Next note “Konkona-made it on my own”
And now, finally, we are back to it being Konkona’s story. It was all along, really, we just didn’t see it all the time. Farhan was there to teach her a lesson. She didn’t want to be a star wife, she didn’t want to cheat her way to the top, her true happiness came from knowing she had her own life and her own freedom that she earned herself.
That’s the thing about the film industry. It’s a place where a girl from a small town who doesn’t want to get married can come and make it on her own. Whether that is Konkona or Dimple. Or Juhi, for that matter. Or even Isha, in her own way. It gives you independence. Yes, you get battered and beaten along the way, but you can come out of it with a kind of security that you would never get anywhere else.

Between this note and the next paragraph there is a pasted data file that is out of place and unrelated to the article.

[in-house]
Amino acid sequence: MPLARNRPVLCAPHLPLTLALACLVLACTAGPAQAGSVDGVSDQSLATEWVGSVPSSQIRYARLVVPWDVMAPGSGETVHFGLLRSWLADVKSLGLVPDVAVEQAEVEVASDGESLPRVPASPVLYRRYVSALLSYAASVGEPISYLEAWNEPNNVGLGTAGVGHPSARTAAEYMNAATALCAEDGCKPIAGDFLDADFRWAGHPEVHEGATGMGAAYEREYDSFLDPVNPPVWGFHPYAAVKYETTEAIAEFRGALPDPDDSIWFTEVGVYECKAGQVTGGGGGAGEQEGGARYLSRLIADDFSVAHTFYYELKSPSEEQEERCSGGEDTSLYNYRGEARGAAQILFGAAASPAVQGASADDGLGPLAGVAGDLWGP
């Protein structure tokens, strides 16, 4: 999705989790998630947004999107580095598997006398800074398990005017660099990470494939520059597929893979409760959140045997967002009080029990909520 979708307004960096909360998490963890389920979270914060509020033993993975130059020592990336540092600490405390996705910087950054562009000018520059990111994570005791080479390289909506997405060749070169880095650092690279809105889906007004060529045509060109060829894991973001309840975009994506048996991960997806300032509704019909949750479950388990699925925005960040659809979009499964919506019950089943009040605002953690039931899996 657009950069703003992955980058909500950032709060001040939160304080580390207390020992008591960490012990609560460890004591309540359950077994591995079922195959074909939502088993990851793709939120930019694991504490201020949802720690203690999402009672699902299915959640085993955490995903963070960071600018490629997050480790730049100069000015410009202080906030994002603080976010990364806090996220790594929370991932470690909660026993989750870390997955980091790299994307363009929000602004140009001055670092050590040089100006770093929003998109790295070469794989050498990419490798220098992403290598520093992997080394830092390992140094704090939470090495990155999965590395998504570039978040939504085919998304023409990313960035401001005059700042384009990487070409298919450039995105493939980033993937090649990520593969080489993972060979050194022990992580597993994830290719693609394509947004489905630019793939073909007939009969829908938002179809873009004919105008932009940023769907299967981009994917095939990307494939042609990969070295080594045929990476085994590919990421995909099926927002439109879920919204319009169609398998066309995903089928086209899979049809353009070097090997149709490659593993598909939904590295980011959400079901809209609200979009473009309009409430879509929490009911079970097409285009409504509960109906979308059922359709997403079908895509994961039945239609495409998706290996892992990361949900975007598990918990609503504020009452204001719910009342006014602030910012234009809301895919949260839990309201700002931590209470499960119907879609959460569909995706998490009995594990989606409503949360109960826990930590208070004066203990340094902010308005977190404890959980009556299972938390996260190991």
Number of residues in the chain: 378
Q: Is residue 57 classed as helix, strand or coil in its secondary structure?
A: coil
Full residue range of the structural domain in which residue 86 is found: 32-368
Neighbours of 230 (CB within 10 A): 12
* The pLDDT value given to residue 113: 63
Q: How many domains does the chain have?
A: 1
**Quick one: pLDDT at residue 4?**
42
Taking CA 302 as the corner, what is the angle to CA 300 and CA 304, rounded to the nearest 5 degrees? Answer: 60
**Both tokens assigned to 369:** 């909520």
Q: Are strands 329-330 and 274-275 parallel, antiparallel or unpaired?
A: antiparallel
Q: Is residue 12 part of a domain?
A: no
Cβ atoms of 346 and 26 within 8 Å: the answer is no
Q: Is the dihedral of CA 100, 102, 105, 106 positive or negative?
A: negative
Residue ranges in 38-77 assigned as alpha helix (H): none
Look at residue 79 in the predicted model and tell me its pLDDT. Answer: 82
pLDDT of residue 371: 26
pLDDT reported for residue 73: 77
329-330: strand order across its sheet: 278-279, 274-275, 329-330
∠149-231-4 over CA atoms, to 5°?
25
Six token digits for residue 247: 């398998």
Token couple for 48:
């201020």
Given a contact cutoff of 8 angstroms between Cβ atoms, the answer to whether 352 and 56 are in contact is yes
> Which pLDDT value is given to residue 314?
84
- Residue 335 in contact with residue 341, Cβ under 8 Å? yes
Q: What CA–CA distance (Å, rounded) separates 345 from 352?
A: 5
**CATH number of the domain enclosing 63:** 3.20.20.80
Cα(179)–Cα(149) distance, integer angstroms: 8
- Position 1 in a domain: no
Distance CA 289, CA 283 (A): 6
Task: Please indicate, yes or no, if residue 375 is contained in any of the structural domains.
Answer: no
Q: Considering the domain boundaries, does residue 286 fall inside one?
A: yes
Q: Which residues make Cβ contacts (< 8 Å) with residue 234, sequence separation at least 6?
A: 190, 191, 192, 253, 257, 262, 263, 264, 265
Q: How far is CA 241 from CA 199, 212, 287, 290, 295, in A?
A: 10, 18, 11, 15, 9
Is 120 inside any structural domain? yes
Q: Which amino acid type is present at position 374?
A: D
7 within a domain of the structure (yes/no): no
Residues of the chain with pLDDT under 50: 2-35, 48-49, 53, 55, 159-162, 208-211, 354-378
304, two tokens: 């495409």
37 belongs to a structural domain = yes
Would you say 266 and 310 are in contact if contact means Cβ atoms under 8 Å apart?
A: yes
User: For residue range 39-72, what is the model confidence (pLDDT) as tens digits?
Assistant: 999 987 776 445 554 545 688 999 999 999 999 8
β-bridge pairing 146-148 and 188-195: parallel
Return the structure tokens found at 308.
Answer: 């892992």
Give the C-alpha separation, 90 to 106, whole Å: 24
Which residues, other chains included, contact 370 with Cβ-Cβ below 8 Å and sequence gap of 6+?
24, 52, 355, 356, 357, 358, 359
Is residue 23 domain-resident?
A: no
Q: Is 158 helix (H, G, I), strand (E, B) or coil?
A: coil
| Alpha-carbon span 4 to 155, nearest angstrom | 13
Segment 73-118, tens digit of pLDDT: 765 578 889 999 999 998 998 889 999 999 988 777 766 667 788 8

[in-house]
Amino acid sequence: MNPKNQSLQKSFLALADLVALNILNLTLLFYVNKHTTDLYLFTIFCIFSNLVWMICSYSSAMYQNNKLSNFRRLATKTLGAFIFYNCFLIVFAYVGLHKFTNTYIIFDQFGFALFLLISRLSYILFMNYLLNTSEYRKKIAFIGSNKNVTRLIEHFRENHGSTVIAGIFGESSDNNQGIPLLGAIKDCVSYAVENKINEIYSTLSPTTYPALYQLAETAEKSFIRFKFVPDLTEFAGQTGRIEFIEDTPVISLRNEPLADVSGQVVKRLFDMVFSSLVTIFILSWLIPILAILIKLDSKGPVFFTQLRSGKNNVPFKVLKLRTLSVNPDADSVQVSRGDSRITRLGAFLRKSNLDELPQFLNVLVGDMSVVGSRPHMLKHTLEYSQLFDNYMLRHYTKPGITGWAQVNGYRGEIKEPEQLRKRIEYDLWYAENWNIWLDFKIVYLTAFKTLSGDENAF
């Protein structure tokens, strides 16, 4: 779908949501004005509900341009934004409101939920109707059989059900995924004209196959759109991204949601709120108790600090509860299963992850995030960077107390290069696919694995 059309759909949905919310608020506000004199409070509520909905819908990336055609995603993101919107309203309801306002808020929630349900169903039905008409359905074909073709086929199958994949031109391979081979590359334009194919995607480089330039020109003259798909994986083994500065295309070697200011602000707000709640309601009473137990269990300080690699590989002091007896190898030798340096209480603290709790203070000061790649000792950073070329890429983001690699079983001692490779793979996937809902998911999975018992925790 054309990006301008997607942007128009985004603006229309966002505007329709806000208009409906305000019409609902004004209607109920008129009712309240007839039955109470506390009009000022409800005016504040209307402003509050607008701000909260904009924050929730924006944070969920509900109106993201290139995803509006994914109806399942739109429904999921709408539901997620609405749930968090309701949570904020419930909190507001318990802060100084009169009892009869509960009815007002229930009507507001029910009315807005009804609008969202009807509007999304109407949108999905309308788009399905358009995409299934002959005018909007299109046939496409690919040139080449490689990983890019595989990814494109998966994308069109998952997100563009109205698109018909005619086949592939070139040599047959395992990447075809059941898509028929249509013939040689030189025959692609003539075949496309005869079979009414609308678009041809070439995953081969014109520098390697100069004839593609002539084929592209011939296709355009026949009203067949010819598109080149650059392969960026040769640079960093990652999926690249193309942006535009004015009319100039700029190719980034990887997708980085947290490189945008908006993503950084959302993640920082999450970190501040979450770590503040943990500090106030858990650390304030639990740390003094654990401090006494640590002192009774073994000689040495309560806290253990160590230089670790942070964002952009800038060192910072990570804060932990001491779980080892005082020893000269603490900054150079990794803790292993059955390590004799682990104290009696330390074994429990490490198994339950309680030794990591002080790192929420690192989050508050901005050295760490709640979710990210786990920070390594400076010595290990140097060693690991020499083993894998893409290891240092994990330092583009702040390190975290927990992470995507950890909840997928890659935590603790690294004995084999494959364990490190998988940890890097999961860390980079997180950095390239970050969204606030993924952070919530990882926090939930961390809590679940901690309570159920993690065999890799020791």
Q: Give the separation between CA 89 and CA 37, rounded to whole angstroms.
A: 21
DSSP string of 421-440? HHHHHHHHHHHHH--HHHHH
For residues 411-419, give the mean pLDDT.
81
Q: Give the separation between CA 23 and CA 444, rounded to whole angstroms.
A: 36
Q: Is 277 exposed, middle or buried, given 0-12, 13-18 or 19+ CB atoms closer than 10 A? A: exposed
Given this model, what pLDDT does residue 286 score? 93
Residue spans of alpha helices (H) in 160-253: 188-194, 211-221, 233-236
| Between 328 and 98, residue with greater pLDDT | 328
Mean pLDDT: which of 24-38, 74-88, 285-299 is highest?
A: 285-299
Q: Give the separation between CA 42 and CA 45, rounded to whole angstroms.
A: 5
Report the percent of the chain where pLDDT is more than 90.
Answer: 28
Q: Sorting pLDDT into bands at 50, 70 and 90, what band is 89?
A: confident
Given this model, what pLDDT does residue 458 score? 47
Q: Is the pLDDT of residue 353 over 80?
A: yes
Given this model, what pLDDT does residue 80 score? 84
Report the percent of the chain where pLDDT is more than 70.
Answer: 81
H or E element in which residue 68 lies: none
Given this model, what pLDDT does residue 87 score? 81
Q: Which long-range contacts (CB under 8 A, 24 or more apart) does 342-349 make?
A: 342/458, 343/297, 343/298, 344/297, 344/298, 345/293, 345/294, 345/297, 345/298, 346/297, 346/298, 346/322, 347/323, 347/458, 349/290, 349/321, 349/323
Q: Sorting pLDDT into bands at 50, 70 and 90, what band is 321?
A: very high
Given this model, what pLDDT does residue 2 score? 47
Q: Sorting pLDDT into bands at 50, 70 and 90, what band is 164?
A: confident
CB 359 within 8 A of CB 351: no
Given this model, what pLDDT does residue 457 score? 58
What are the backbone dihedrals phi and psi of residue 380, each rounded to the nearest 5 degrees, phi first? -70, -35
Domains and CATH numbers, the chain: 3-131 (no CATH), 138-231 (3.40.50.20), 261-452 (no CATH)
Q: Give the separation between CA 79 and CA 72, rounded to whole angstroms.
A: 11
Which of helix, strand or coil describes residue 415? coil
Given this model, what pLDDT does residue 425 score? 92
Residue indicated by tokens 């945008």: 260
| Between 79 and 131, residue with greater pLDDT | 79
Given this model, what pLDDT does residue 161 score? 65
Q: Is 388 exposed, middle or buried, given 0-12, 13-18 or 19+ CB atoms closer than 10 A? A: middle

It’s a community that lets in outsiders. Not in the way Farhan wants in, not at the Kapoor parties and on the cover of FilmFare. But in the way Konkona now appreciates. She has friends, she has support, she has a place in the world. And that was all open to her, there all along, it just took an interaction with someone who would never have those things (Farhan will never have true friends, never feel he has earned his place, never have the support of others), to make her see what she does have.